Monday, March 15, 2010

The Bossier Strip Part 2: Red River Babylon

Vivian native and mystery writer Eric Wilder agreed to share some of his memories of the Bossier Strip with the readers of My Bossier.

Red River Babylon
While growing up in north Louisiana, I wasted many hours at a place known locally as the Bossier Strip. Billed as the largest bit of neon between Las Vegas and Miami Beach, this three-mile row of nightclubs, restaurants, liquor stores, and striptease joints had it all.
Probably the biggest and most popular nightclub was Sak’s Boom Boom Room, later known as Sak’s Whisk-a-go-go. Clad in flashing neon of reds and yellows, the building looked like a rocket under full launch from Cape Canaveral. There was always live music of all varieties along the strip, but Sak’s provided the biggest venue to the biggest soon-to-be-famous artists.
The thing I remember most about Sak’s was the bikini-clad go-go dancer suspended in a cage above the dance floor. There was no nudity but a distinct aura of sex abounded along with the loud live music, strong drinks and uninhibited dancing. I saw many acts and a friend recently reminded me of the comedian and singer Rusty Warren performing her bawdy ballad Knockers Up.
The Bossier Strip prospered because it had a captive audience – the men and women of Barksdale Air Force Base, the largest SAC base in the world. Even the smallest of clubs had live music, along with the mystique of illegal gambling and prostitution, courtesy of the Southern Mafia.
Today, the “Strip” is mostly history, replaced by legal gambling in gaudy riverboats moored along the Red River between Shreveport and Bossier City. Many music venues still exist, along with the palpable undercurrent of sex and danger that provided the place with an excitement like no other, and will likely never disappear.

11 comments:

  1. Was the whisk a go go the place with the dance floor lit from underneath?

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  2. I honestly don't remember. We weren't looking at the floor ~

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  3. Yes, Saks had the lighted -dance-floor.

    I was 18 when I worked as a Go-Go Dancer at Saks, 1972. I loved it, $300 a week plus tips. We wore zip-up body suits and white go-go boots. Merle Kemmerly was good to his girls. Ruby & June were the bar-tenders. I dated Tookie, Merle's son. I worked there till 1974 when the Banditos came in, brought their women to dance topless.... so I quit. We all ate at the Kickapoo or the Studio Steak House. Most of the dancers lived together and we slept till noon, shopped a lot & loved working together. There was Bee-Bee, Kathy, Elaine, & me. Those were the good old days:)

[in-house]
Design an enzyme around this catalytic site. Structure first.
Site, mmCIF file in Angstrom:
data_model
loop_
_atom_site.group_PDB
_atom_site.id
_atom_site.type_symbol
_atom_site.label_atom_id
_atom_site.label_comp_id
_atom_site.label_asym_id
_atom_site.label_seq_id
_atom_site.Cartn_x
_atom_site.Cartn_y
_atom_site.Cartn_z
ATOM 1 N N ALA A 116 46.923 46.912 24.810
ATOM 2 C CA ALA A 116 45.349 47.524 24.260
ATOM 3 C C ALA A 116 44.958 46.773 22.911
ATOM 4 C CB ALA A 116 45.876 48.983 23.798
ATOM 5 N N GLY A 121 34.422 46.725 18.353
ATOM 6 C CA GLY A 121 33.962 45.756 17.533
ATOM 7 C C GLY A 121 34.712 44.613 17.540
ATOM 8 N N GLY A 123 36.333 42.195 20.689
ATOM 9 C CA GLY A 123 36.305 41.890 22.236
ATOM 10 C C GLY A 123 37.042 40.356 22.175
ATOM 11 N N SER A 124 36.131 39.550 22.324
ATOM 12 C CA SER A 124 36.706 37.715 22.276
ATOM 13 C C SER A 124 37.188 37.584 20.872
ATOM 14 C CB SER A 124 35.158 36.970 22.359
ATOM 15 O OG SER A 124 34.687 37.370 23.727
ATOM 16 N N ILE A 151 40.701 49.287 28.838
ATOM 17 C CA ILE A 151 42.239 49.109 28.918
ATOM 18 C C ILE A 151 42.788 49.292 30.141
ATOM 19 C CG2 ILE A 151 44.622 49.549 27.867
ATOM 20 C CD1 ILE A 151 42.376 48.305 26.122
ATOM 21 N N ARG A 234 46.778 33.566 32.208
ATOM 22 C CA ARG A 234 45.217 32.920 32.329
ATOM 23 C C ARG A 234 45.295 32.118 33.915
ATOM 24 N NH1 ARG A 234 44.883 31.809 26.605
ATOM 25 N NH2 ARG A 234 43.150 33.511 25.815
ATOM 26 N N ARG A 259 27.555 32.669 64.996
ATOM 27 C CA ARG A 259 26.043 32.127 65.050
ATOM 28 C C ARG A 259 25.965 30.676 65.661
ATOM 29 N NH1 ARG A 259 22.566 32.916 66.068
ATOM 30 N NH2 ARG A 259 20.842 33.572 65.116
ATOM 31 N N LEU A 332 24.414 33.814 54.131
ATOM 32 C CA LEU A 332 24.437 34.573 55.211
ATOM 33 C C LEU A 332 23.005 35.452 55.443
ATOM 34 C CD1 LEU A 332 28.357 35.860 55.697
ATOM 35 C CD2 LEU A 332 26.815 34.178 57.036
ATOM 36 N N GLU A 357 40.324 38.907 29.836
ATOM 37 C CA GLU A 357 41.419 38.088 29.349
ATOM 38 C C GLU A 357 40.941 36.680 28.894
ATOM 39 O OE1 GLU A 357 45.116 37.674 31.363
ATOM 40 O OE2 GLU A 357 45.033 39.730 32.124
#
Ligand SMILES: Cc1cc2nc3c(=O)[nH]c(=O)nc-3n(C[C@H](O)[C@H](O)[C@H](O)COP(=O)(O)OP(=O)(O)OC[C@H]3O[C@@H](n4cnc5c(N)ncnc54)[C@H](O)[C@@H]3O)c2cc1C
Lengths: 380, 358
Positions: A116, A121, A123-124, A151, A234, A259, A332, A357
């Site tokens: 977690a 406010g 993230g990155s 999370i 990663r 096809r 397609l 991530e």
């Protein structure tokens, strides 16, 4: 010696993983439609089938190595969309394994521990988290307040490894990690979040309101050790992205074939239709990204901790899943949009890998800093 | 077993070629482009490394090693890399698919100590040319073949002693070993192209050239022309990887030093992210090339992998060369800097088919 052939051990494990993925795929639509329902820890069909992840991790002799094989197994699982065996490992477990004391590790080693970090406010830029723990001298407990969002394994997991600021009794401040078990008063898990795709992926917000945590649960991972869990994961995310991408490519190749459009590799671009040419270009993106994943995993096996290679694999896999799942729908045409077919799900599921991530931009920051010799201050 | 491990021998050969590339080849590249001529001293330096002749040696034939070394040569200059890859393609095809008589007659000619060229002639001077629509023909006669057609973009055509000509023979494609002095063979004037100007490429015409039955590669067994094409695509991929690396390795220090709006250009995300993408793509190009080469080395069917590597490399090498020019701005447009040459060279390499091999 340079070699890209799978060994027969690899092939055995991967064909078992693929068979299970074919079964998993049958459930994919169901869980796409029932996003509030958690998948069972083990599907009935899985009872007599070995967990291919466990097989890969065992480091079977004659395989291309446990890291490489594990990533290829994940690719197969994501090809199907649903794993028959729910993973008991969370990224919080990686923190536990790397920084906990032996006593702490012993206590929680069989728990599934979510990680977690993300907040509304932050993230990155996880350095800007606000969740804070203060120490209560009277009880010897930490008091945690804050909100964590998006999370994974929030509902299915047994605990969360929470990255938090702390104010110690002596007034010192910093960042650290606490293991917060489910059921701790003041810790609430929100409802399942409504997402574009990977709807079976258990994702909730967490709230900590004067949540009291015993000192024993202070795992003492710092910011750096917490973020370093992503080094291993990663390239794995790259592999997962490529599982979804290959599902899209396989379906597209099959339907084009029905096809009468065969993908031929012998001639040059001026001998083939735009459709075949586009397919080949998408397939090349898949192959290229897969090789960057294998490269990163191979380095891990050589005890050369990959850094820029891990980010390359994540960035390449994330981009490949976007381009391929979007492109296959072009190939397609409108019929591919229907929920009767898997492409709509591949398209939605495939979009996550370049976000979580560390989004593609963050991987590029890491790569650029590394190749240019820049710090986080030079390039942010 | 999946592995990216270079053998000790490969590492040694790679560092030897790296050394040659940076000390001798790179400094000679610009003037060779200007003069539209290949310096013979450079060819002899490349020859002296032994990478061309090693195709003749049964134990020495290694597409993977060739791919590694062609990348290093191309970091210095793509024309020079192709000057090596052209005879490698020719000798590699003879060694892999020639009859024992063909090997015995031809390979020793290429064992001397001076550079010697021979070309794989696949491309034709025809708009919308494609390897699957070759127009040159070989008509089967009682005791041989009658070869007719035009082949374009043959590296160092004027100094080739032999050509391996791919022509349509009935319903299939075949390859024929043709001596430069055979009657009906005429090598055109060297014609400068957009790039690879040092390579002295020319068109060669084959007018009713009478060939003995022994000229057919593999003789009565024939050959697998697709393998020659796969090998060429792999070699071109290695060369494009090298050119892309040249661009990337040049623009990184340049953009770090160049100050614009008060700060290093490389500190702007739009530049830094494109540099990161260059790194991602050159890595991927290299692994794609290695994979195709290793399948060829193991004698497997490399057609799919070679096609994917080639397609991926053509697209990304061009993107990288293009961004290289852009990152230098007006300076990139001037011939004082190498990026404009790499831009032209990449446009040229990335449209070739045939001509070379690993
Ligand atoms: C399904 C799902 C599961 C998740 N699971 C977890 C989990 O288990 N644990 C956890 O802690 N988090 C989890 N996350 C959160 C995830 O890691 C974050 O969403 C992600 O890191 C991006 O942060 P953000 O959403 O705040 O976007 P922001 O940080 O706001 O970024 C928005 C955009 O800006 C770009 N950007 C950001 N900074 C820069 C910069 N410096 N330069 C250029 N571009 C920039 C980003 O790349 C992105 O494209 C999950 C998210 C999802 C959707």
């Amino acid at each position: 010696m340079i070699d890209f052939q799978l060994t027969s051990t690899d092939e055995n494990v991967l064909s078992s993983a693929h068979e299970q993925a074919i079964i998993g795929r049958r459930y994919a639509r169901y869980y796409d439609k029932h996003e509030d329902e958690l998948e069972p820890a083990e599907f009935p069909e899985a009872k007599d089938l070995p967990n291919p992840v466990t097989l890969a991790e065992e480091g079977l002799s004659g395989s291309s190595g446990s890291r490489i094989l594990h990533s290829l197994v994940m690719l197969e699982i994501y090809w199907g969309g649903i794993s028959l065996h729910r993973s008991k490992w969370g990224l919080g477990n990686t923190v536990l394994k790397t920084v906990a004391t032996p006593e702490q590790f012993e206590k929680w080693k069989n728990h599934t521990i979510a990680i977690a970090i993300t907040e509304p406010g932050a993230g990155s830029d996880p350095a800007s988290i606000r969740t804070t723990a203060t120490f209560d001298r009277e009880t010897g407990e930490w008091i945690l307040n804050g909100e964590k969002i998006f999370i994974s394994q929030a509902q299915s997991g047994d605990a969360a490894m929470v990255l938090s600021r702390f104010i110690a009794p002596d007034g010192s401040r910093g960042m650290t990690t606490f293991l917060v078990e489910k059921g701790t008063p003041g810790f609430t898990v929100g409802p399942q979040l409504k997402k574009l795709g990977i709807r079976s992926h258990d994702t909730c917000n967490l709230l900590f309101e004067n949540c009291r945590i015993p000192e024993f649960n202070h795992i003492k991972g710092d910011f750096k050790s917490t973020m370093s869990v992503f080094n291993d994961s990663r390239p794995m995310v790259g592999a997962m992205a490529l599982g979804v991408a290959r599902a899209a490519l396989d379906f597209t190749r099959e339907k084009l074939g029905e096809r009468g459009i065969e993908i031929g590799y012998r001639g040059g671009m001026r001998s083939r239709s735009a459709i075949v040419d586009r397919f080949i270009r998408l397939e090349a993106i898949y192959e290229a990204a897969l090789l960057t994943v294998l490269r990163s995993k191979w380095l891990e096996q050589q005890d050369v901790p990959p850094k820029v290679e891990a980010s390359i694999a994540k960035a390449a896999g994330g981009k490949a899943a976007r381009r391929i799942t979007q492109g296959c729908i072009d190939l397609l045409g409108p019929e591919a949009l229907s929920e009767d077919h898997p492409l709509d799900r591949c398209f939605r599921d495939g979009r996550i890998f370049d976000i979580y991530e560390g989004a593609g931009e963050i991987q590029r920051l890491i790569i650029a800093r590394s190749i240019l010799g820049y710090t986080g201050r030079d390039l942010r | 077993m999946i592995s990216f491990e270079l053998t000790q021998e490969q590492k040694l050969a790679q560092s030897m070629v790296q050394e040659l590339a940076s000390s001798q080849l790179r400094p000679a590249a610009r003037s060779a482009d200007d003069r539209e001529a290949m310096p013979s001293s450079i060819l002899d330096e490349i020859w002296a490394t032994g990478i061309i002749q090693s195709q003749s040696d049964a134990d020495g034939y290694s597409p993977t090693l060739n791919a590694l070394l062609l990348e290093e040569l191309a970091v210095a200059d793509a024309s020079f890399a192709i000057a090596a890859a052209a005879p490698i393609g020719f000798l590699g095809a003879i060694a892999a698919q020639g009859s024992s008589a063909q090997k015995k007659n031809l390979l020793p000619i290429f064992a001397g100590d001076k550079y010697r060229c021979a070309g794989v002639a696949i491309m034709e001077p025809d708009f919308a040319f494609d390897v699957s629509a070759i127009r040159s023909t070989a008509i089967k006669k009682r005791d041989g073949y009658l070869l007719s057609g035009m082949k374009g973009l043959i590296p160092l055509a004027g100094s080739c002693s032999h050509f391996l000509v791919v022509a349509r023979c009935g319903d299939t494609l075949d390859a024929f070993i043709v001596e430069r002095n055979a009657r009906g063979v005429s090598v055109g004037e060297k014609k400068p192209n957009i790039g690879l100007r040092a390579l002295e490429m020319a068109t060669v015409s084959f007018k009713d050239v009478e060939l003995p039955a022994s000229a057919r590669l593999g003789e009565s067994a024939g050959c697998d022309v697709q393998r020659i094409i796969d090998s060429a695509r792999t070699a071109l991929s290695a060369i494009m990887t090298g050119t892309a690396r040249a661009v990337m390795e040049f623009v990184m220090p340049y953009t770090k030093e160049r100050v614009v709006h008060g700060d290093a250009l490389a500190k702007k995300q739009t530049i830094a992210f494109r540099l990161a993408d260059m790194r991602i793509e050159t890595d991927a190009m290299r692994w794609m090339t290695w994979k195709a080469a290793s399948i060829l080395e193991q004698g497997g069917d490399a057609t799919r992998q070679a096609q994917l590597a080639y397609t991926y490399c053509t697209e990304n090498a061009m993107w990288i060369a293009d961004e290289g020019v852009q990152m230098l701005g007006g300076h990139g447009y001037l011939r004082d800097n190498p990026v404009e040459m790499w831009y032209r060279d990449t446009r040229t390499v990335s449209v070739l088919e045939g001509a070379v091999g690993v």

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  4. this was my father's place ,,,,stories welcome 504-324-1139 karlos kemmerly tuminello

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  5. https://www.facebook.com/groups/46423873920/
    please come and visit this group. "you know you're from Bossier when..."
    We would love to connect.

    ReplyDelete
  6. https://www.facebook.com/groups/46423873920/
    please come and visit this group. "you know you're from Bossier when..."
    We would love to connect.

    ReplyDelete
  7. https://www.facebook.com/groups/46423873920/
    please come and visit this group. "you know you're from Bossier when..."
    We would love to connect.

    ReplyDelete
  8. supposedly Kennedy flew in in 60's via Barksdale, gambled and womanized the strip !!

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  9. I'm not from Bossier but I did live there for awhile in the good old days; and I mean old! Before casinos. I was a go-go dancer/ b-girl at a country joint called The Longbranch. I'm sure it's ancient history now. Also got involved with a movie being filmed in the area, as a set decorator. I single handedly "psychedelicized" the entire interior of a lounge called the Lake Club I believe, outside Shreveport. Well it was 1969. And I was from San Francisco. People came for miles just to watch "the hippie" paint. I should have charged admission! I was also in the movie but it never got released. The working title was Carnival in Hell and it featured the Bandidos. For what it's worth, in 1969 things were relatively innocent at least on the strip. No pole dancing yet, no nudity or even topless dancing! I wore mini-skirts with high heeled boots (fashion of the day even back in San Francisco). There were 12 of us working at the Longbranch, and we each had certain songs on the jukebox to dance for. Mine were ALL of Credence! To this day, Proud Mary takes me back to Bossier! I didn't THINK I was naive at the time, having gone there from the Haight Ashbury and all... but boy, I was. I only found out later there were hookers in our little group! I believe we were all with Bandido men; I'm sure there were tons of other things I didn't know, and I don't want to now! But I did wonder why some of us made a lot more money than me and a couple of the others! I was outta there before the advent of the strippers/ topless dancing and there's no way I would recognize the area today. All in all not that bad an era, really compared to how things changed; but then, the same can be said of nearly everywhere today. Enjoyed this blog, thanks for the memories.

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  10. In 1964 when I was 17 and a senior at Bossier High School some friends and I went to Sak's Boom Boom Room. No ID was asked for. They were having a dance contest and the MC called my name - which a friend have given to him. So I went up on stage and danced like crazy but didn't win the contest. Ah, the good old days!

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